How world leaders use big data

It's a fine line between countries sharing data in order to help with common interests and imposing on the privacy of those who provide it. The World Economic Forum's director weighs in.

How world leaders use big data

Dan Patterson, a Senior Producer for CBS News and CNET, interviewed Murat Sönmez, director of the World Economic Forum, about sharing data and the problems that arise from it. The following is an edited transcript of the interview.

Dan Patterson: What do we mean by data?

Murat Sönmez: Data is basically information that a thing--a car--generates, or a device, or data about you. It could be who you are genetically, where you live, and how you live. If you look at healthy living, which is top of mind for everybody because the healthcare costs are soaring, these three determinants of health are: Where you are, where you live, and how you live. 

If you can collect data from sensors on the environment we live in, if you can collect data about your lifestyle--you need to exercise, what you eat--and collect data on genetics, we can pool that. Now, we can cure dementia. We can cure late-stage diseases.

However, we need to make sure that we protect the privacy of the owners of data. It is insights that we collect from people or devices that we can use--using new technologies, like artificial intelligence, to come up with new solutions.

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Dan Patterson: Now that we know what data is, when we isolate it--with this rise of nationalism, we might have splinter nets, we might have isolated data lakes. But as you said as well, the more data and the better data, the more we can do with it, like cure cancer. So how do we combat these increasingly isolated lakes of data with technology?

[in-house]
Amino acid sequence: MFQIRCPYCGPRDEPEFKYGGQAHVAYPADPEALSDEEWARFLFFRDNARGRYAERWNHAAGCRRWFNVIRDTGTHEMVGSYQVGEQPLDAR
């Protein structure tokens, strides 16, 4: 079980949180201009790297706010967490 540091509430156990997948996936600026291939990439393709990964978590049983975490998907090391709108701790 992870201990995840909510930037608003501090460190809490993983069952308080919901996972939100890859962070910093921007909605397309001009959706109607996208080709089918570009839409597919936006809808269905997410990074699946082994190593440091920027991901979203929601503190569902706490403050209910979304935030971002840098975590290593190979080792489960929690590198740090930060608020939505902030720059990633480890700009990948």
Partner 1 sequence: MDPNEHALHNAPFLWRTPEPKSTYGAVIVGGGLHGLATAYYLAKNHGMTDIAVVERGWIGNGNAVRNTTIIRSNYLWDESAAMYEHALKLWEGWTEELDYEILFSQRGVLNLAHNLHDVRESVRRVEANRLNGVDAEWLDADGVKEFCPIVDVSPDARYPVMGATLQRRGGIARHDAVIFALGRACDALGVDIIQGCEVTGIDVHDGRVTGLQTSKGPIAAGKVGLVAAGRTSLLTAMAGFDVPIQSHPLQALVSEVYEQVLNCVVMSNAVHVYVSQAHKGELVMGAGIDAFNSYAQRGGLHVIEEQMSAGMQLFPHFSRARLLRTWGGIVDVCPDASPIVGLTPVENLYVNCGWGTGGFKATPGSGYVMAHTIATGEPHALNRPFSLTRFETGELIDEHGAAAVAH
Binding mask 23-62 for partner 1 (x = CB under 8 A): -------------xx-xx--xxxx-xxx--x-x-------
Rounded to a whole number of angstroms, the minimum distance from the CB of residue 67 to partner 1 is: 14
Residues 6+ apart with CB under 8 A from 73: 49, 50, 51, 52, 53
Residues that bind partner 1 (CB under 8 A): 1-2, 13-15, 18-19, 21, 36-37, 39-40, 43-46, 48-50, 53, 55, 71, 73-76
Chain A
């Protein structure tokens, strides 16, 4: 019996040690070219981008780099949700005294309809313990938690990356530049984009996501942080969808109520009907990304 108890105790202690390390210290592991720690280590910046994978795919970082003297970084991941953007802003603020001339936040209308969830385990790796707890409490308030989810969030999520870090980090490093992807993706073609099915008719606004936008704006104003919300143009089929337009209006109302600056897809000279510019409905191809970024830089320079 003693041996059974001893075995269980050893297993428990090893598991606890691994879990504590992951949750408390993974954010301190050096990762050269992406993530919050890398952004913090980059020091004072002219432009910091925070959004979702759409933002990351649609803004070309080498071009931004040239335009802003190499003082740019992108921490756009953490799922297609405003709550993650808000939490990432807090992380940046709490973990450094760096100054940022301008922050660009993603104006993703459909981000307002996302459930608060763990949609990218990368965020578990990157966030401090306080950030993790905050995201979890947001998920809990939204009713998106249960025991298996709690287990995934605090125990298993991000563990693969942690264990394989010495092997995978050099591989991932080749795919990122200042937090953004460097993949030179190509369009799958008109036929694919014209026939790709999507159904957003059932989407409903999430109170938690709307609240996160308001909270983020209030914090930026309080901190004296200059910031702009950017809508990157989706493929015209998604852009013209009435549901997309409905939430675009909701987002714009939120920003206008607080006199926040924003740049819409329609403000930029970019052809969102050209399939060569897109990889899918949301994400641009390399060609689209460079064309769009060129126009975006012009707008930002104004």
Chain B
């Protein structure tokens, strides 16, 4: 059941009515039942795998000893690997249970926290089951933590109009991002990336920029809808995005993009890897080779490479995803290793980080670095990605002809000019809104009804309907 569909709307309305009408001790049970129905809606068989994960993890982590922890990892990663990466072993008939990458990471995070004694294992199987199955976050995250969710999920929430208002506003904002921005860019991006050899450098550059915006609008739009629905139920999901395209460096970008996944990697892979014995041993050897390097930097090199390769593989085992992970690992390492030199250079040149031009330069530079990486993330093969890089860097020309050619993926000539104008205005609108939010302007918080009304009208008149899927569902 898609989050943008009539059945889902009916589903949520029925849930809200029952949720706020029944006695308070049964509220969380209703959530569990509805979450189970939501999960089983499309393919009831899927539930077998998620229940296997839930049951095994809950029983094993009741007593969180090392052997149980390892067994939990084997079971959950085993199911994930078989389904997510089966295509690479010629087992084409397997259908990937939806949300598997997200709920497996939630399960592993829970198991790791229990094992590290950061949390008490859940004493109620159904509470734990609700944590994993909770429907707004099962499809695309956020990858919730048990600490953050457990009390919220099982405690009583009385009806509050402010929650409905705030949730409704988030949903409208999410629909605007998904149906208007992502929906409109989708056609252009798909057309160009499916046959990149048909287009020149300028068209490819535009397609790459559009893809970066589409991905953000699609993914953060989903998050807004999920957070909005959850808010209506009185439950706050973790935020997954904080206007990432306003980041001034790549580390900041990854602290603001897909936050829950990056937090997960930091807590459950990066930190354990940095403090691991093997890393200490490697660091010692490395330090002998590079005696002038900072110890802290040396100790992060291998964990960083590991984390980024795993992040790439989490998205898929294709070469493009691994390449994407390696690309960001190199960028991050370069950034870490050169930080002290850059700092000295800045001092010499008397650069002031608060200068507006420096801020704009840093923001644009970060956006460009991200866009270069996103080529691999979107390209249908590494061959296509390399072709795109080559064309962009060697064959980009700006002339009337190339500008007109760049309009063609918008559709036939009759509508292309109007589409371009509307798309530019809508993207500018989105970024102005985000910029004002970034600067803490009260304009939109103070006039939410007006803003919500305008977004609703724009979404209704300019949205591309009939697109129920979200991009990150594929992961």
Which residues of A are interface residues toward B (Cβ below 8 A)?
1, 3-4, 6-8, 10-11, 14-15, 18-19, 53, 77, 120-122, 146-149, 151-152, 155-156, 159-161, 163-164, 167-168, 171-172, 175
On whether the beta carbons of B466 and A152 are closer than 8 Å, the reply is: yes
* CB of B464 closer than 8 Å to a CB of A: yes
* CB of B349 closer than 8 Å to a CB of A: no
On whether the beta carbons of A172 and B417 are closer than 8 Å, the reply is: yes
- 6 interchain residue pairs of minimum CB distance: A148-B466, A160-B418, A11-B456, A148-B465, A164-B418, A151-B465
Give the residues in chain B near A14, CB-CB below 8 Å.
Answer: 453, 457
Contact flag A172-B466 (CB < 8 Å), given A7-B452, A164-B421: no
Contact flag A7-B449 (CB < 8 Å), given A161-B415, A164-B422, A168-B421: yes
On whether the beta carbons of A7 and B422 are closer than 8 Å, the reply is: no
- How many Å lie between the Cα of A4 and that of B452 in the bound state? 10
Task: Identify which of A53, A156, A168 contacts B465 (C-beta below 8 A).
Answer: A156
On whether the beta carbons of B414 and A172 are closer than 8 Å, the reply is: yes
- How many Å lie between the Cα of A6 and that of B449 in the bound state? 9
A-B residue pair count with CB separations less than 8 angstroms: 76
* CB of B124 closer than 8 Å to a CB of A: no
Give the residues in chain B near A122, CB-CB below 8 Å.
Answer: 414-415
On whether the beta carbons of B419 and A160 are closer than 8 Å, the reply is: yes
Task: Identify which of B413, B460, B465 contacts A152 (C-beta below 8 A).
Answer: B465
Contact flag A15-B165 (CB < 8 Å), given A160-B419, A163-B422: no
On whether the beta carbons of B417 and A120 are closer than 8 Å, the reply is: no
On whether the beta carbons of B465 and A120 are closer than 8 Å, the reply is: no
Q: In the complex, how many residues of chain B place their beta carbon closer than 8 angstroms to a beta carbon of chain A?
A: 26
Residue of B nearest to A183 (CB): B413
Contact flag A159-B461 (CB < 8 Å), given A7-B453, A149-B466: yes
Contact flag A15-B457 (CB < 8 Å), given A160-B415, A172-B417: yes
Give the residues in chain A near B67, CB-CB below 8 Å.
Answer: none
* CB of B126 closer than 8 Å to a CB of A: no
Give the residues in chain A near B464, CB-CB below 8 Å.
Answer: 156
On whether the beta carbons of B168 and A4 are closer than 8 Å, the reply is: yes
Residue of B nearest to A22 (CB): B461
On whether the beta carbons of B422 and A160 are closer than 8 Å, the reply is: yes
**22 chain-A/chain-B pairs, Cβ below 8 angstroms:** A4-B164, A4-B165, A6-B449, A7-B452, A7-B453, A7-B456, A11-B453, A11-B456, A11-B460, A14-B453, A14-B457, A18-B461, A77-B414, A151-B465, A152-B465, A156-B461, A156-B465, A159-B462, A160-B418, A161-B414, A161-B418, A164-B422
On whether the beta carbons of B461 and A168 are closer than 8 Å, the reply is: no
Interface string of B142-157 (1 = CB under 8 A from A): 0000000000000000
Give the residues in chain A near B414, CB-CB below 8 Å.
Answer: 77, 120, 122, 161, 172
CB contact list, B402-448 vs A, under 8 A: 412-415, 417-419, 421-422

Murat Sönmez: I think a technical solution is easy. I mean, the world is already connected--the policies, the regulations are getting in the way. But what we do is, we work with 27 countries around the world. 

For example, in Japan, it's an aging society, declining population. They don't have enough workers, and more than 40% of the population will be over 65 in a couple of decades. And every nation will see that.

How do we service them? How do we cater to them? In order to address this opportunity and the problem, we need to combine different datasets, but Japanese data is not sufficient. Countries who are facing the same demographics--China will be in the same boat; Europe is seeing that. These are common purposes, and what we're seeing is once the alignment of purpose is there, countries are willing to share their data more freely as long as we can enforce it.

If you look at the ocean, for example: We're seeing the climate change for whatever the reason is. We have an initiative across 14 countries to share data to improve the state of the ocean spearheaded by Norway. But the data policies are getting in the way, so the regulators are waking up to the fact that, 'Hang on a second; if we want to improve things that matter to us, we need to find a way to share data.' That takes us away from nationalism to common interests, and we see the opening with that.

Watch more interviews with Dan Patterson and Murat Sönmez

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